On Monday a Parisian flat was opened for the first time in 70 years.
Entering the untouched, cobweb-filled flat in Paris' 9th arrondissement, one expert said it was like stumbling into the castle of Sleeping Beauty, where time had stood still since 1900.
"There was a smell of old dust," said Olivier Choppin-Janvry, who made the discovery. Walking under high wooden ceilings, past an old wood stove and stone sink in the kitchen, he spotted a stuffed ostrich and a Mickey Mouse toy dating from before the war, as well as an exquisite dressing table.
The owner, who died recently at age 91, had left the apartment before World War II and never returned. Of course, this tidbit only made the paper because of money - there was a valuable painting among the effects (€2 million), by an Italian painter named Boldini. But I'm so much more intrigued by the gesture of leaving an apartment closed for so long. Why did the young woman, who must have been only 19 or 20, suddenly depart? Why did she never want to return? A great tragedy, an iron will, regrets of youth? What kind of money must you have to simply forget about your apartment in the 9th? The psychology of it is so exotic, I'm tantalized.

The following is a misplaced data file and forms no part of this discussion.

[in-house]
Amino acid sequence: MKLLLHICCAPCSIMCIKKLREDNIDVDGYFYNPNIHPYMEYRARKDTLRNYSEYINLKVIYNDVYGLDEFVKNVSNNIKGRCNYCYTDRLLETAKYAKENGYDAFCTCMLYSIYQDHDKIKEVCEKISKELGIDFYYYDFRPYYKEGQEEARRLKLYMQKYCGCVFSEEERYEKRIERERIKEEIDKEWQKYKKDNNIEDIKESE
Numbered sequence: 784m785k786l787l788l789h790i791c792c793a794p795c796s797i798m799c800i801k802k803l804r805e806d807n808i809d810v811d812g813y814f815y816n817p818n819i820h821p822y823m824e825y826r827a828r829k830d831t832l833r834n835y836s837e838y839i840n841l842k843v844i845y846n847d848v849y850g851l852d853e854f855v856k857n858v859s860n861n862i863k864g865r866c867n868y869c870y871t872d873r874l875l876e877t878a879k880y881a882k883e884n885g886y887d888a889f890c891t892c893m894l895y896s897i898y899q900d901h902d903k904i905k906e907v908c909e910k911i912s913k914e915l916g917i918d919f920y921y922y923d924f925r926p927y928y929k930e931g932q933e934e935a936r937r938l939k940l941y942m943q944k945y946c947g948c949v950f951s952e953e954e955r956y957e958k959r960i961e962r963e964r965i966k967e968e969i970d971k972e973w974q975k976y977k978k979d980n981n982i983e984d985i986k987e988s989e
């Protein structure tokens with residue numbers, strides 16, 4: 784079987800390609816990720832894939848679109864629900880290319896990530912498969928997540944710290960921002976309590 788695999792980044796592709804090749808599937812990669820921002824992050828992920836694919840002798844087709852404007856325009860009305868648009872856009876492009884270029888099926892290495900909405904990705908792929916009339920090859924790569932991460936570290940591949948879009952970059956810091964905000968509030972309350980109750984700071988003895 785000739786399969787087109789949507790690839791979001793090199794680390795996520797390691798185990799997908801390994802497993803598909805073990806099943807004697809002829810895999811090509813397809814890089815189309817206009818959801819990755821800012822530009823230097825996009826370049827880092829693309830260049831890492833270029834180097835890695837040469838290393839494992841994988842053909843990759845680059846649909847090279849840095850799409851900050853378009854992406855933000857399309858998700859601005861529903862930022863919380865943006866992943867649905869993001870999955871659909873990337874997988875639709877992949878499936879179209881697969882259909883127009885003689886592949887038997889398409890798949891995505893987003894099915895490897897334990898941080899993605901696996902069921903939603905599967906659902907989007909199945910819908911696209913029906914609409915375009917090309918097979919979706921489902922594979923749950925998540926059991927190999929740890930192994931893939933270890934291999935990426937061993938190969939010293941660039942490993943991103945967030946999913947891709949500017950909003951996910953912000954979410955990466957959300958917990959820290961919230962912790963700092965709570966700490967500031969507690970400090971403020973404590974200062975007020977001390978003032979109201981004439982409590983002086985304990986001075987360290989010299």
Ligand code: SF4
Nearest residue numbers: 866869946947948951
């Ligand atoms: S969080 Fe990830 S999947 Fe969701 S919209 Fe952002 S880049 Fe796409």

A few more photos (AFP/Marc Ottavi):